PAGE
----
Christopher King (University of Colorado School of Medicine), Jeannette Guerrasio (University of Colorado School of Medicine), Christine Jones (University of Colorado School of Medicine)
Physicians are responsible for 80% of healthcare costs, and multiple tools have been developed to teach trainees how to practice high value care. There has been no focus on utilizing these tools in a comprehensive bedside curriculum. We sought to empower teaching teams to discuss value at the bedside.
Team-V is a multi-modality bedside curriculum that aims to reach medical students, residents, advanced practice fellows, and faculty on an inpatient medicine teaching team. By the end of the rotation, participants are expected to be able to:
- Discuss value with their patients at the bedside.
- Understand how to screen patients for inability to afford their medications.
- Describe methods for improving value at the bedside.
- Identify prescription medication cost saving measures for patients.
Team-V utilizes several different tools to create a space for discussing value at the bedside with patients. The SOAP-V format is used for patient presentations in order to highlight a point in the presentation to discuss what is improving the value of care a patient receives. Students are enlisted as High Value Care Officers to empower them to take an active role in assessing areas of common overuse in the healthcare setting, based off of Choosing Wisely recommendations. Finally all team members are trained to screen patients for inability to afford their medications and in simple tools to reduce medication costs with use of the GOT MeDS mnemonic. In order to determine changes in attitudes regarding value in healthcare, a survey was administered to two control teams as well as the intervention team. Each team member received a survey on the first day of their rotation as well as the final day of their rotation. Survey administration was through the online platform REDCap.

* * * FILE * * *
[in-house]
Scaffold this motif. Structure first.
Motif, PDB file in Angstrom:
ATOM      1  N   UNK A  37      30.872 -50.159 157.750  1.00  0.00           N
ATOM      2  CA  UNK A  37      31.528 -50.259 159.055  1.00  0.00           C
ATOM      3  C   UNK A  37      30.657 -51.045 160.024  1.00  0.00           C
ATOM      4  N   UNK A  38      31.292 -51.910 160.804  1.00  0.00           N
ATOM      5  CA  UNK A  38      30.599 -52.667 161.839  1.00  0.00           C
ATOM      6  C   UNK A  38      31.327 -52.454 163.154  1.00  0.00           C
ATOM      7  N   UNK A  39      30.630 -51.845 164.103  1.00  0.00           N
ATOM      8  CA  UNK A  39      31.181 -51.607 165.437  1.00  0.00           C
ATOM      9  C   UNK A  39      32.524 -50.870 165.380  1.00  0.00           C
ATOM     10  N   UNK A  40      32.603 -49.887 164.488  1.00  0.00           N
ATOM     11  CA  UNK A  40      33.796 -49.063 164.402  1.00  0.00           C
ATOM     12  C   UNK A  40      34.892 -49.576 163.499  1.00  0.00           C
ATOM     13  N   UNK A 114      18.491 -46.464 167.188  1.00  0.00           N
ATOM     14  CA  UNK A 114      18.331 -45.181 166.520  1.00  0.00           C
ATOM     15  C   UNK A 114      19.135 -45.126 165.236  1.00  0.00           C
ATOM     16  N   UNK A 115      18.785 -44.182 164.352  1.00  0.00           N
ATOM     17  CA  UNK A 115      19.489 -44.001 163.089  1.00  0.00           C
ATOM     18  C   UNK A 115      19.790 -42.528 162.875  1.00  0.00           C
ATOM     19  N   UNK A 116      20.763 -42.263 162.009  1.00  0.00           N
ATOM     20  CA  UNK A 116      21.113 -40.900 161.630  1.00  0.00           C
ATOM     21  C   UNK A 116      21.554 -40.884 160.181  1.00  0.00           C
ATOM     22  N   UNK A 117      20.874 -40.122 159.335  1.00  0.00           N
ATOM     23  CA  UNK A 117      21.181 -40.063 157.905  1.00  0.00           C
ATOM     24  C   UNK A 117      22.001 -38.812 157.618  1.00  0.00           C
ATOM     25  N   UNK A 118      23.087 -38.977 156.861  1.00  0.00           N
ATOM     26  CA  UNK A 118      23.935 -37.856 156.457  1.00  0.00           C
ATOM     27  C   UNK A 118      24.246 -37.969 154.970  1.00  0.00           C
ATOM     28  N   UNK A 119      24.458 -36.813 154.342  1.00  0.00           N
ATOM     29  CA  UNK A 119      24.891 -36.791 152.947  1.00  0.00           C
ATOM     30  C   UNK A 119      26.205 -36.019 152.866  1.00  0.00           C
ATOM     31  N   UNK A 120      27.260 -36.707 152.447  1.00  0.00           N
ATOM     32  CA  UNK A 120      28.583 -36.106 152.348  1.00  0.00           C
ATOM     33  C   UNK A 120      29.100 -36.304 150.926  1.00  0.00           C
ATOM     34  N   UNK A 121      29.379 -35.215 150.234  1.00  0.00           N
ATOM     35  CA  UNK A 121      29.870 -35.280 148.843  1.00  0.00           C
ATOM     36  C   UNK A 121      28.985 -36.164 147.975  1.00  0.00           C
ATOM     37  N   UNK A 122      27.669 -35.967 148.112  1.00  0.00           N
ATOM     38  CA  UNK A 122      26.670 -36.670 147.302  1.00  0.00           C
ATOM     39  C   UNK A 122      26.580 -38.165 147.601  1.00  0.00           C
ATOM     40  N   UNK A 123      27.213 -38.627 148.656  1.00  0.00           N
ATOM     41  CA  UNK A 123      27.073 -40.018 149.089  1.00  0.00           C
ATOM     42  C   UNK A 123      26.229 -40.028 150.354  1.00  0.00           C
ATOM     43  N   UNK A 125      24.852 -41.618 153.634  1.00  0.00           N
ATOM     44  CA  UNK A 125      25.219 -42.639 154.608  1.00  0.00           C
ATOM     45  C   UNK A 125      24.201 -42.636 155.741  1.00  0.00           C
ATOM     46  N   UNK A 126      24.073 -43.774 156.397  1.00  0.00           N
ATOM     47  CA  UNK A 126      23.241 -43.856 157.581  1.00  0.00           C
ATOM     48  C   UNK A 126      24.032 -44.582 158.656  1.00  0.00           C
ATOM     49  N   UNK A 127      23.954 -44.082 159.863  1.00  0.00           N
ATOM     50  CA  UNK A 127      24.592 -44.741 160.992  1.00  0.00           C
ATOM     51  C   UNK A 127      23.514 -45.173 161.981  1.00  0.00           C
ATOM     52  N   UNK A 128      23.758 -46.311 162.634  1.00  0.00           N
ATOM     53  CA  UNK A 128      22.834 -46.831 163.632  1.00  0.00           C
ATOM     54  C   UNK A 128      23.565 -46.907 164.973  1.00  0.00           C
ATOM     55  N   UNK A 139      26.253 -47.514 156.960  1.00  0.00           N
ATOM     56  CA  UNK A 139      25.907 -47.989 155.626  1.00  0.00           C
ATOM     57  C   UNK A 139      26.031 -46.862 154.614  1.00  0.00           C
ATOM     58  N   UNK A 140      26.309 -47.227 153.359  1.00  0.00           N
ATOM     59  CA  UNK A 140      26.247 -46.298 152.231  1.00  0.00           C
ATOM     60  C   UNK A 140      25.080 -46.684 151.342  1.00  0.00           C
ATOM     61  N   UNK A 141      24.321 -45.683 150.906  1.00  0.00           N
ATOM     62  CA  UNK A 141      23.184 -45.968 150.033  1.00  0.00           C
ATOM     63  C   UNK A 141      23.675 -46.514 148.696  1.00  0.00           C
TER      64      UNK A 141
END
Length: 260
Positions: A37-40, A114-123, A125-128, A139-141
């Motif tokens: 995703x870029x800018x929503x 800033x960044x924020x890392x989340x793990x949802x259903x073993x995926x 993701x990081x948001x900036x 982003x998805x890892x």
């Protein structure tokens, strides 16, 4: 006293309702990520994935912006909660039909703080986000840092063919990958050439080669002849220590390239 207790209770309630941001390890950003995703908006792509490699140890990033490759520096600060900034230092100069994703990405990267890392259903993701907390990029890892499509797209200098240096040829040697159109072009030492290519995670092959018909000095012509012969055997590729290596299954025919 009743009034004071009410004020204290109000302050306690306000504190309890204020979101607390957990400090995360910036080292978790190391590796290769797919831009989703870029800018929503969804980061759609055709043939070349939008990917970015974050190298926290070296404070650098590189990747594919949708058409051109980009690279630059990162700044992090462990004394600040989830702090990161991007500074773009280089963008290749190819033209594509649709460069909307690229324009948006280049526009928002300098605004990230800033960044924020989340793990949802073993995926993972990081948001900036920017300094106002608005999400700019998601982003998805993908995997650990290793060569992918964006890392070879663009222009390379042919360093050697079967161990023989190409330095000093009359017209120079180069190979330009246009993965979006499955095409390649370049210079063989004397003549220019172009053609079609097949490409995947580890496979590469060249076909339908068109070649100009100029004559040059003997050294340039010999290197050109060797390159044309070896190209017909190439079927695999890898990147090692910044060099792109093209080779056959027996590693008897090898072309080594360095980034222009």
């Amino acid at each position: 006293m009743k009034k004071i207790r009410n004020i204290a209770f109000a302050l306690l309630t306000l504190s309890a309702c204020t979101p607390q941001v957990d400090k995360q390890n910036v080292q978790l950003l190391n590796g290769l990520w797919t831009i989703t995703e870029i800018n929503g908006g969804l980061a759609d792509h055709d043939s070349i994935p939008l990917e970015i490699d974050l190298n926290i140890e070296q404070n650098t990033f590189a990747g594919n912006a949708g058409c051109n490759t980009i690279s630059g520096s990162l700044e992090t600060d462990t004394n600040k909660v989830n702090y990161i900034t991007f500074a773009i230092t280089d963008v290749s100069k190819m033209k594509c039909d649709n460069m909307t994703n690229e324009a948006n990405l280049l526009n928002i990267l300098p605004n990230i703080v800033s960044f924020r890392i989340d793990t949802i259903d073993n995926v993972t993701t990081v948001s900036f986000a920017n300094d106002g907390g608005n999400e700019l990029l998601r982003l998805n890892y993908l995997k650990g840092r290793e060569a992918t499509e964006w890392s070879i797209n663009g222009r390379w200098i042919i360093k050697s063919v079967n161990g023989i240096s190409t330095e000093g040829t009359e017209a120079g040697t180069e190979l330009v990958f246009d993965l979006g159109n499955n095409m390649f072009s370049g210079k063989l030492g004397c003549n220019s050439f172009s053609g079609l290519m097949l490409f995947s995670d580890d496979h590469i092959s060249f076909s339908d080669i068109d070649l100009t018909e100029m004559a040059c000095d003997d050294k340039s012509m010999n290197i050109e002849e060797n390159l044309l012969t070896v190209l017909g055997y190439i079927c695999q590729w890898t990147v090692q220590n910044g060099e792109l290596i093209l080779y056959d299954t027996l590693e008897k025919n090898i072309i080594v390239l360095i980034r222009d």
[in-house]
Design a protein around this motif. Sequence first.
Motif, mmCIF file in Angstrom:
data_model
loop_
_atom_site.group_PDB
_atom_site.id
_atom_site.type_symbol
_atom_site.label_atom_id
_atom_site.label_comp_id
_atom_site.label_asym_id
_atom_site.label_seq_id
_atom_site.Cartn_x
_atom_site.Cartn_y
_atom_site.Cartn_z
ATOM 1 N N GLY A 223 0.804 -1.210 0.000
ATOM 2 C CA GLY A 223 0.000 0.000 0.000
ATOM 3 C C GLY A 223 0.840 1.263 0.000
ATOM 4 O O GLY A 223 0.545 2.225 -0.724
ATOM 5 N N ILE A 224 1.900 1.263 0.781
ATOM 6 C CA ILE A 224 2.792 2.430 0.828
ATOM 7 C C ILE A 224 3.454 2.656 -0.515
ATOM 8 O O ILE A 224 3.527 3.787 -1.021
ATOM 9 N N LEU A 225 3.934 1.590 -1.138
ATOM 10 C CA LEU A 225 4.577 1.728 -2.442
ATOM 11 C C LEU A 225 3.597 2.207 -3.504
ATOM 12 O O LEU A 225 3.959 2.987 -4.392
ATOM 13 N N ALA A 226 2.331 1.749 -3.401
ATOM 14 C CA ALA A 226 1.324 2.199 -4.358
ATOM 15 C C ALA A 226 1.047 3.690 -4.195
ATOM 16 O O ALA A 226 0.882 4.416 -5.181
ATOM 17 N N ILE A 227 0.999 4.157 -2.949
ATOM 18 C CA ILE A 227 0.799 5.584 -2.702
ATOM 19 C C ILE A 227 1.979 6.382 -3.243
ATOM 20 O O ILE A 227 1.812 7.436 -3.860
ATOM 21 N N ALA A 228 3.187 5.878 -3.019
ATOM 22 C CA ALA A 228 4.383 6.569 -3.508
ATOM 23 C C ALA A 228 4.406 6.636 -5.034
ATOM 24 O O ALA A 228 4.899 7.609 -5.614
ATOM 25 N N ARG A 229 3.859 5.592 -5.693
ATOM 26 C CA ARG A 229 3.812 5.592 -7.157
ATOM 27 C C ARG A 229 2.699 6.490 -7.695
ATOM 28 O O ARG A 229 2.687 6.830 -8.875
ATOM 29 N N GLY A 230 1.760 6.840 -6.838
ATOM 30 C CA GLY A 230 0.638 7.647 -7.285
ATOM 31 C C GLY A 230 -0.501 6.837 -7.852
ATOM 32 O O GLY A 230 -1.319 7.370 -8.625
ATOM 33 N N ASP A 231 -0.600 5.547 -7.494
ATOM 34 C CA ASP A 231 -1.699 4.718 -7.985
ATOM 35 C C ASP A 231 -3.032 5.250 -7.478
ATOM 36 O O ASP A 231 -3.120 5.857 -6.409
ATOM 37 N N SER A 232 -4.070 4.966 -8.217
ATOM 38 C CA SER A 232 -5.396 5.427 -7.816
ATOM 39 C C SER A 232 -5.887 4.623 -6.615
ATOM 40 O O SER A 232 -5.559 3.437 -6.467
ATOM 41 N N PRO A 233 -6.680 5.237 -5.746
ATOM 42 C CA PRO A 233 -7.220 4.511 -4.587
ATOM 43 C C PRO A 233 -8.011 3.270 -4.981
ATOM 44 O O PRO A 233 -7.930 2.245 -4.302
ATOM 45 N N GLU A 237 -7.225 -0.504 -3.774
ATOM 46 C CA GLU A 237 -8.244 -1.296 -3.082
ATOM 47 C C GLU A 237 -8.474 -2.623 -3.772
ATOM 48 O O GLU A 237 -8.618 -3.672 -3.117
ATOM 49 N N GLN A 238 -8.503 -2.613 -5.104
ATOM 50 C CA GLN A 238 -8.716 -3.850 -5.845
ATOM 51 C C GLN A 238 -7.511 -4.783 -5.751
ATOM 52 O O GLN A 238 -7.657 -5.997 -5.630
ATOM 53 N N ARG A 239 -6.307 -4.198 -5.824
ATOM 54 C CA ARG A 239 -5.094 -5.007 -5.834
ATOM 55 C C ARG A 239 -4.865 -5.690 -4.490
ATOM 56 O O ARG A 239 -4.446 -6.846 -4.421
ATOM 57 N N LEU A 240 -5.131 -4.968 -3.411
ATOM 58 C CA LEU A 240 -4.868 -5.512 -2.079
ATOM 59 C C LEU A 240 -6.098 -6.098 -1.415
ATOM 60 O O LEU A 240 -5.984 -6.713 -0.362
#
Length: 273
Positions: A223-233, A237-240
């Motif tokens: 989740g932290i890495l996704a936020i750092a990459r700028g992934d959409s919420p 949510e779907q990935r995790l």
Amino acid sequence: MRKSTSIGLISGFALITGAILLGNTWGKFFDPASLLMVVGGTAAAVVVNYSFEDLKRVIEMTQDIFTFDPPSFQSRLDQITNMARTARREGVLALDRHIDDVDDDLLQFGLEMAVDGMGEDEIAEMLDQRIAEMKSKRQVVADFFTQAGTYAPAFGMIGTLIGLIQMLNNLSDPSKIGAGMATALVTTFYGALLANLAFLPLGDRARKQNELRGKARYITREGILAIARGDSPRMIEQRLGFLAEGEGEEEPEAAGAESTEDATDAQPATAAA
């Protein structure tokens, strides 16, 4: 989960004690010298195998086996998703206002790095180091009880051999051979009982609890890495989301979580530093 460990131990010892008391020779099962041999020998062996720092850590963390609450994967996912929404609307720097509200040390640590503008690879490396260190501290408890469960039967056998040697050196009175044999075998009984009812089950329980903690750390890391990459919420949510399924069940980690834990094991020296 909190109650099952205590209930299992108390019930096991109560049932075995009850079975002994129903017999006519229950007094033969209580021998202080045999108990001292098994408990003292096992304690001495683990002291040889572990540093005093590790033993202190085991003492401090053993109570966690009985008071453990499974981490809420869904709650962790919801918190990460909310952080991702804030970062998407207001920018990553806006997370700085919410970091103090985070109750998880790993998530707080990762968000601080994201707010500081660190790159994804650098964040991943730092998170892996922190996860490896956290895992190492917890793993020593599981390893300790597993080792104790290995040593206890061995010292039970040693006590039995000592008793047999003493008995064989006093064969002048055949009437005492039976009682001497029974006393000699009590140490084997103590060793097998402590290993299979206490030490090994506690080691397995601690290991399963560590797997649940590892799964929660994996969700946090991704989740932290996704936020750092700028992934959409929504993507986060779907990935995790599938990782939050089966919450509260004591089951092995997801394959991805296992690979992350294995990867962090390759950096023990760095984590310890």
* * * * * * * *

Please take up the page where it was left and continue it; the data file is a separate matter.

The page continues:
Since the start of the Team-V curriculum, 56 unique individuals have rotated on either the control or intervention teams. To date, 51% of individuals have completed both the pre- and post-rotation survey. Individuals rotating on Team-V have shown a change in attitudes in regards to value by being less likely to agree with statements that more testing results in better outcomes, that there is too much emphasis on cost, and that cost is the last thing physicians should consider when making clinical decisions (Figure 1).
Creating a multi-modality bedside rounding curriculum to help clinical teams focus on value at the point of care can help improve attitudes towards healthcare value. By building a curriculum that encompasses the whole team rather than just one target population, all members are able to work together with a focus on healthcare value that impacts their attitudes.
Implications for the Patient
Residency training has been shown to impact clinical practice in regards to resource utilization for at least ten years. By creating a bedside rounding curriculum to focus on value, faculty and learners have an improvement in attitudes towards value and may start to change the culture of a training program.